From Jonathan Williams
Mount Pleasant near Philadelphia March 7, 1801:
Wishing to submit my slender Performances to the candid Examination of those of my Philosophical Associates whose talents and acquirements inspire me with the utmost deference, and whose approbation is the first object of my Ambition, I took the liberty of sending you, among others, a Copy of my thermometrical improvements in Navigation.
Permit me now to ask a place in your private Library, for the inclosed translations of a System of Artillery and Fortification, which I believe to be the most approved, in a Country where these branches of the Art military are in the highest perfection.
You will give me credit, sir, for great Labour, & (I hope) for tolerable accuracy; but the technical nature of the works forbids any claims to literary honour. If they should tend to establish uniformity among the Artists of our Country, they will combine efficacy with Oeconomy, and eventually render us in this respect independent of foreign aid.
These Translations were gratuitously made at the request of the late Administration, but I have added to the latter one, an appendix of my own, with a model in Wood which I wish to deposit where it can best answer its object. It is, I presume, in compliment for these Services that the late President of the United States has honoured me with a Commission as Major in the Corps of Artillerists and Engineers, for I never made any personal Application of the kind. I have however accepted it with gratitude, and as long as I may be continued in Service, it shall be my pride, as it will be my duty, to contribute all in my Power to the perfection of that sort of national Defence, which, being in its nature permanent and not suddenly attainable, becomes important even in peace, being a preparative, which, if it should not avert, will at least render foreign attacks less formidable.
With the greatest Deference & Respect I have the honour to be Sir Your faithfull Associate & Servant
RC (DLC); at foot of text: “The President of the American Philosophical Society”; endorsed by TJ as received 12 Mch. and so recorded in SJL. PrC (PPRF: Rush-Williams-Biddle Papers); closing and signature cut out. Enclosures: see below.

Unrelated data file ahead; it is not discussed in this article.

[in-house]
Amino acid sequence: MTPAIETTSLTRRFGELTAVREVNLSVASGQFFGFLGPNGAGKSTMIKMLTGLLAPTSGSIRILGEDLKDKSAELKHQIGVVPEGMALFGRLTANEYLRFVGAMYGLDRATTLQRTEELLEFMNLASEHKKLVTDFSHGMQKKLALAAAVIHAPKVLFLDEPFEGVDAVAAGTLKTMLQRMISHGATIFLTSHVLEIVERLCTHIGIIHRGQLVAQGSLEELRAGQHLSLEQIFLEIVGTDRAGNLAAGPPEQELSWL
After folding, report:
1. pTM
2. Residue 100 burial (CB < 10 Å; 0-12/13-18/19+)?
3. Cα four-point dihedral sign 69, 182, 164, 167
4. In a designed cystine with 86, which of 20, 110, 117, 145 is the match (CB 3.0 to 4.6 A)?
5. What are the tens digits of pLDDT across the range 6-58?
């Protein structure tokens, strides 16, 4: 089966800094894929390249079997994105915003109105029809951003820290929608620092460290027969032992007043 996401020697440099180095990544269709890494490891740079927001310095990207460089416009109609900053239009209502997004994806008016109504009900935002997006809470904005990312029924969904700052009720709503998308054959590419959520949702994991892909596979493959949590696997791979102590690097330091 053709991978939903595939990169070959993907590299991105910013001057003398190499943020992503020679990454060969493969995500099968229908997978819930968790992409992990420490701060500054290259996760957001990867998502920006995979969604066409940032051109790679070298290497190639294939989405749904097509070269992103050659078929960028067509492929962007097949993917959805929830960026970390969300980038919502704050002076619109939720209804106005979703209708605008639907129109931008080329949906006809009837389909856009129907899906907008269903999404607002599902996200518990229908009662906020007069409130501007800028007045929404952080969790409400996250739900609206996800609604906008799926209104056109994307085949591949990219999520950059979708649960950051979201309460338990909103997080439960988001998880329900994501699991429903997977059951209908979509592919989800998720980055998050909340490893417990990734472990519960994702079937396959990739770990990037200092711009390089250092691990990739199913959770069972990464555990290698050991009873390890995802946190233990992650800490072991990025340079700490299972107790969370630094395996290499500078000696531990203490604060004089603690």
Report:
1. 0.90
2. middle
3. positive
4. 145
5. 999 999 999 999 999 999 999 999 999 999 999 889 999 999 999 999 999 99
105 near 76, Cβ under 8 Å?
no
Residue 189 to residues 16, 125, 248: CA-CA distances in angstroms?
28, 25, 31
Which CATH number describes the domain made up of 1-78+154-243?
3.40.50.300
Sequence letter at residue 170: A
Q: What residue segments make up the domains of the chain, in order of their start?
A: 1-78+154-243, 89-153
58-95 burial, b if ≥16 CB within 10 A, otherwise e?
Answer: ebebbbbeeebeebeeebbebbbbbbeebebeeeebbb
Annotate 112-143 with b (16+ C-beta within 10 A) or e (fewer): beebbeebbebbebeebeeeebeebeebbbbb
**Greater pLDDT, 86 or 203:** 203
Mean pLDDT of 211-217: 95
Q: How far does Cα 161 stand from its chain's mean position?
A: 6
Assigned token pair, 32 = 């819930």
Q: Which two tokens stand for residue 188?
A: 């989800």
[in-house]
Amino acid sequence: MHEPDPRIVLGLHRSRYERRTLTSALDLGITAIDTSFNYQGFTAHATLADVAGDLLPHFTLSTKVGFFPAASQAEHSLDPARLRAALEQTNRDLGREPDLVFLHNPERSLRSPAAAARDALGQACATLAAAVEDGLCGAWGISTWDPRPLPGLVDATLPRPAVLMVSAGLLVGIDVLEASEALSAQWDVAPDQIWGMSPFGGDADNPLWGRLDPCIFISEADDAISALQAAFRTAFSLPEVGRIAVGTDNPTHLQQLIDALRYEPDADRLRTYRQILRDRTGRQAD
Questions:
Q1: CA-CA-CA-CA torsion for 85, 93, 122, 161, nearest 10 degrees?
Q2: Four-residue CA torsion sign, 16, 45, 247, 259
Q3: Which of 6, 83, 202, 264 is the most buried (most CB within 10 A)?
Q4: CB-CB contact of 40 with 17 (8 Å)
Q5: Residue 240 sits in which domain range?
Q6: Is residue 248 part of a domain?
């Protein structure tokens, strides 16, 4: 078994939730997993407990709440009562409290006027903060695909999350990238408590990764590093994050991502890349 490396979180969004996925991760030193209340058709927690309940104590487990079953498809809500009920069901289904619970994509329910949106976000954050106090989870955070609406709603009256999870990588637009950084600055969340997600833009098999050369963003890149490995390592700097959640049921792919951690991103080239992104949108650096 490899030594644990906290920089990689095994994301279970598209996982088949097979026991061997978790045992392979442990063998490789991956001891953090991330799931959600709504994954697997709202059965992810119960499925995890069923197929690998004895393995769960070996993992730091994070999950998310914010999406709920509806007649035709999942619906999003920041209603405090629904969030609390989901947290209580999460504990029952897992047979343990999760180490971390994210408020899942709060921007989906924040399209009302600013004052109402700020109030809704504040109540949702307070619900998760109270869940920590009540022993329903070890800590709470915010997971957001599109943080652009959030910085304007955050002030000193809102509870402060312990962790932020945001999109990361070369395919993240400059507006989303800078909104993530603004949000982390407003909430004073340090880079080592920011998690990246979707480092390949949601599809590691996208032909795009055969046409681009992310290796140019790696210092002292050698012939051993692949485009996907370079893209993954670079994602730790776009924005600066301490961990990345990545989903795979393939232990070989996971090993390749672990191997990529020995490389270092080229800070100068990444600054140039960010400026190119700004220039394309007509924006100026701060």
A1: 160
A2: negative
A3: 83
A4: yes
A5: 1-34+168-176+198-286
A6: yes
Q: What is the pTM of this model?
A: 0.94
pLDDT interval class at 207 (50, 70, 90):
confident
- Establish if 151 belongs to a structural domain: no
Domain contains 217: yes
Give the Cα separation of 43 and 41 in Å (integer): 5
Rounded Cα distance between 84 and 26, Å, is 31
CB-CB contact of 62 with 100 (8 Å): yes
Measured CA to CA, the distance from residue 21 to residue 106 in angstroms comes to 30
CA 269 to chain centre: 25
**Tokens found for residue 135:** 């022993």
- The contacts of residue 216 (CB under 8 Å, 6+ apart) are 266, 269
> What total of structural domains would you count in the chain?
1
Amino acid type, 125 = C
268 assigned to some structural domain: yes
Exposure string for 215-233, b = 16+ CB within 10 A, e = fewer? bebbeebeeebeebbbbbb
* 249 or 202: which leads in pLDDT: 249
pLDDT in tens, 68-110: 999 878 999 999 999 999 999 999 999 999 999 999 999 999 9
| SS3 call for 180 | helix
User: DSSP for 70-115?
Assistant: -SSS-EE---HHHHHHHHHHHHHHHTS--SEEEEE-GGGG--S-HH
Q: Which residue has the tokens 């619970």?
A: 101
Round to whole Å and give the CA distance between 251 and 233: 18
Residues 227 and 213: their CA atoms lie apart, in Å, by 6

Thermometrical improvements in navigation: in January 1800 Williams sent TJ a copy of Thermometrical Navigation, his book on measuring water temperature to aid ocean navigation (Vol. 31:308).
Williams had made translations for the War Department of two works previously published in French: A Treatise of Artillery by Heinrich Otto von Scheel and The Elements of Fortification by Guillaume Le Blond. Apparently both translations were printed in Philadelphia in 1800. Following the loss of most or all copies of The Elements of Fortification in the War Department fire in November 1800, that work was reissued in 1801. Williams added an appendix to it as a brief practical explication, for an American audience, of some elements of Le Blond’s theoretical discussion. Williams had made a model in wood of part of a fortification to illustrate “at one view the exemplification of all the maxims and principles contained in this treatise” (The Elements of Fortification: Translated from the French, 2d ed. [Washington, 1801], 44–5; Theodore J. Crackel, Mr. Jefferson’s Army: Political and Social Reform of the Military Establishment, 1801–1809 [New York, 1987], 56–7, 198n; see Sowerby, description begins E. Millicent Sowerby, comp., Catalogue of the Library of Thomas Jefferson, Washington, D.C., 1952–59, 5 vols. description ends No. 1161; Shaw-Shoemaker description begins Ralph R. Shaw and Richard H. Shoemaker, comps., American Bibliography: A Preliminary Checklist for 1801–1819, New York, 1958–63, 22 vols. description ends , No. 440).
On 16 Feb. the Senate had approved John Adams’s nomination of Williams as a major in the Second Regiment of Artillerists and Engineers (JEP description begins Journal of the Executive Proceedings of the Senate of the United States… to the Termination of the Nineteenth Congress, Washington, D.C., 1828, 3 vols. description ends , 1:378, 380).
TJ replied to Williams on 14 Mch.: “Th: Jefferson returns his thanks to Major Williams for the books he has been so kind as to send him. he will be very happy to see the corps of which he is a member profit by his example and pursue the line of information he has so well pointed out. he prays him to accept assurances of his high consideration & respect” (RC owned by Gordon A. Block, Jr., Philadelphia, 1947, addressed: “Majr. Jonathan Williams Mount pleasant near Philadelphia,” franked and postmarked; PrC in DLC).